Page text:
UPDATE WEDNESDAY, OCT. 19 9:23 p.m.: In an email to students, Goldwater and Jackson report that test conducted yesterday show the third floors of Prince George and Caroline Halls are not safe for students. Students residing in those halls will be required to move as well. 159 students in addition to the 191 students already being moved must leave.
The email also asks residents of four-person townhouses willing to take on an additional person in exchange for compensation should contact Goldwater (email@example.com)
CORRECTION TUESDAY, OCT. 18 8:28 p.m.: Shuttles will be available until 2 a.m. Friday through Sunday, not 2 p.m. as originally reported.
UPDATE TUESDAY, OCT. 18 6:38 p.m.: Students being moved off-campus will be staying at [Removed for safety concerns] in California, MD, according to Kelly Schroeder, Assistant Dean of Students. Schroeder and the Student Activities office has been tasked with coordinating transportation for the 100+ students who will be moving to the two hotels.
Students may move as soon as Wednesday Oct, 19. and all students must leave the first and second floors of Caroline and Prince George dorms by Friday Oct. 21. “Students may return on Saturday to pack belongings. Impacting student’s academic schedule as little as possible is important for us,” she said. Schroeder also said the college is planning for students to be dislocated for 4-6 weeks.
“We will be running continuous service between campus and the hotels Monday through Friday from 5:30 a.m. to midnight and Saturday and Sunday from 10 a.m. to 2 a.m.,” said Schroeder. She added that students using personal cars will be compensated for gas.
The transportation will include campus vans and a coach bus. The use of campus vans will impact clubs ability to use the vans including SafeRide. During the period of dislocation, SafeRide will run with only one van.
President Urgo informed parents via email today of the situation saying, “We now have no choice but to relocate students in order to protect their health and well-being. […] I sincerely regret the inconvenience students will experience.” The email also included a link to a new page of the Residence Life website where future updates will be posted. Schroeder said those answering phones are being given detailed information and have been told to direct calls regarding the mold and move out to one of the key contact people.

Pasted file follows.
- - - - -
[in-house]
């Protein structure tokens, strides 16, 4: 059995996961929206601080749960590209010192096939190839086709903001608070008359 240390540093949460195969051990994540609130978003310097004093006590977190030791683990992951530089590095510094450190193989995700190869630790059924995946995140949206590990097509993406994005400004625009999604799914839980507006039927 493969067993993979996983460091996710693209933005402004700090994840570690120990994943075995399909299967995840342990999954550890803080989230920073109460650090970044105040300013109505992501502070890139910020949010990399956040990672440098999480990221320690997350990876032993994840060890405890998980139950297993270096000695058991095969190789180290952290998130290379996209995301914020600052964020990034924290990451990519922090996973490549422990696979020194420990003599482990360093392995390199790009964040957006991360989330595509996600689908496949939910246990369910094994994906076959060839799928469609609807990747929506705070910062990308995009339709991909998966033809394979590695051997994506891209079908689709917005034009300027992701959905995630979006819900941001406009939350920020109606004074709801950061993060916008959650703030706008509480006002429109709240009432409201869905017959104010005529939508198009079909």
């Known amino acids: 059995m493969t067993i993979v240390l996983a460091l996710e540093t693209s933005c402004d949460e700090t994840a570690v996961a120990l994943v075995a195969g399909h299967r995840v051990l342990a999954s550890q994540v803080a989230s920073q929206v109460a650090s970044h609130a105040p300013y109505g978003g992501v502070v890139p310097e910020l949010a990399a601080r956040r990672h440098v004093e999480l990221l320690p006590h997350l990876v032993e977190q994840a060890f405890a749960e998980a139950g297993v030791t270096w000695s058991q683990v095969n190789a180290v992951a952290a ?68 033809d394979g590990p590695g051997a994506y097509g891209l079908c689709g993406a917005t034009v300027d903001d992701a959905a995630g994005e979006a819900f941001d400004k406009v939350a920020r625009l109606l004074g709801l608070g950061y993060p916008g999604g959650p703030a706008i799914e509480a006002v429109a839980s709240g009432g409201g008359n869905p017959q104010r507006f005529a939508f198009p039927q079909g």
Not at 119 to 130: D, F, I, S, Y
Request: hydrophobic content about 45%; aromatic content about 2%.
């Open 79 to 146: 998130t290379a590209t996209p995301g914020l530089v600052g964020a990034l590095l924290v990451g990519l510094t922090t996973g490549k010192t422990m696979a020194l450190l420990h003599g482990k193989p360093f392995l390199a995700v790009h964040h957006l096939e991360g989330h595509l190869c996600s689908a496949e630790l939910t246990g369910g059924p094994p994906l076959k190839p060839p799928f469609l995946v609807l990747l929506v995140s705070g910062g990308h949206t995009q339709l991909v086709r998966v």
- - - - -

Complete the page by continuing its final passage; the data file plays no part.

CORRECTION TUESDAY, OCT. 18 3:22 p.m.: Students will not be housed at the Days Inn as previously reported. The College has yet to release the name or names of hotels where students will be housed.
UPDATE: On Monday, Oct. 17, Associate Dean of Students and Director of Residence Life Joanne Goldwater and Associate Vice President of Facilities, Charles Jackson, informed students in both the first and second floors of the Caroline and Prince George dorms they will be moving out in the next few days while two mold remediation teams work to remove the mold. “We don’t have an exact time frame but we are making arrangements for a month,” said Goldwater.
Samples returned after last week’s cleaning still show elevated levels of mold. “That cleaning was not as effective as it should have been. All of the experts are slightly baffled,” said Jackson. The decision to move students out was made today after consulting with an Occupational Physician who told the college that while an emergency evacuation is not required, the college should move students out sooner rather than later, according to Jackson.
Students will be moved into all vacancies on-campus including converting some doubles into triples and study rooms into quads. The remainder of students will be housed off-campus at the Days Inn. Of the 191 students being moved, approximately 110 will be moved to the off-campus hotel, according to Jackson.
Goldwater said Residence Life will work to accommodate all requests emailed to Goldwater but by tomorrow afternoon they will begin randomly assigning students to all available housing. Students with cars on-campus will get priority in the Days Inn, though Goldwater said there will be a shuttle service available.
Goldwater and Jackson could not answer questions about compensation. They will be meeting with President Urgo and Vice President for Business and Finance Tom Botzman tomorrow to discuss proper compensation for hardship and gas.
On Wednesday, Oct. 5, at 8:00 p.m., students residing in Caroline Hall and Prince George’s Hall met with Associate Dean of Students and Director of Residence Life Joanne Goldwater, Assistant Vice President for Campus Operations Derek Thornton, and Assistant Director of Residence Life Kelly Smolinsky to discuss the lingering mold problems in those residence halls.
Last year, students in the Townhouse Greens and Townhouse Crescents also experienced mold problems in their homes. The pervasiveness of the mold “…has been mystifying to us,” said Goldwater. The mold problems in Caroline, especially in the left hall on the first floor, prompted the school to hire an environmental consultant. Upon further inspection, the consultant found the metal grids above the ceiling tiles (between the first and second floors) are rusted indicating moisture above the ceiling tiles.
“We had to get a handle on this,” said Goldwater. Goldwater and Thornton mentioned that Dorchester and Queen Anne’s Halls were checked by the consultant and not much rust was found there. Thornton said that pursuant to the environmental consultant’s recommendations, the school was hiring a building envelope contractor to analyze air and water filtration issues within Caroline and Prince George’s Halls.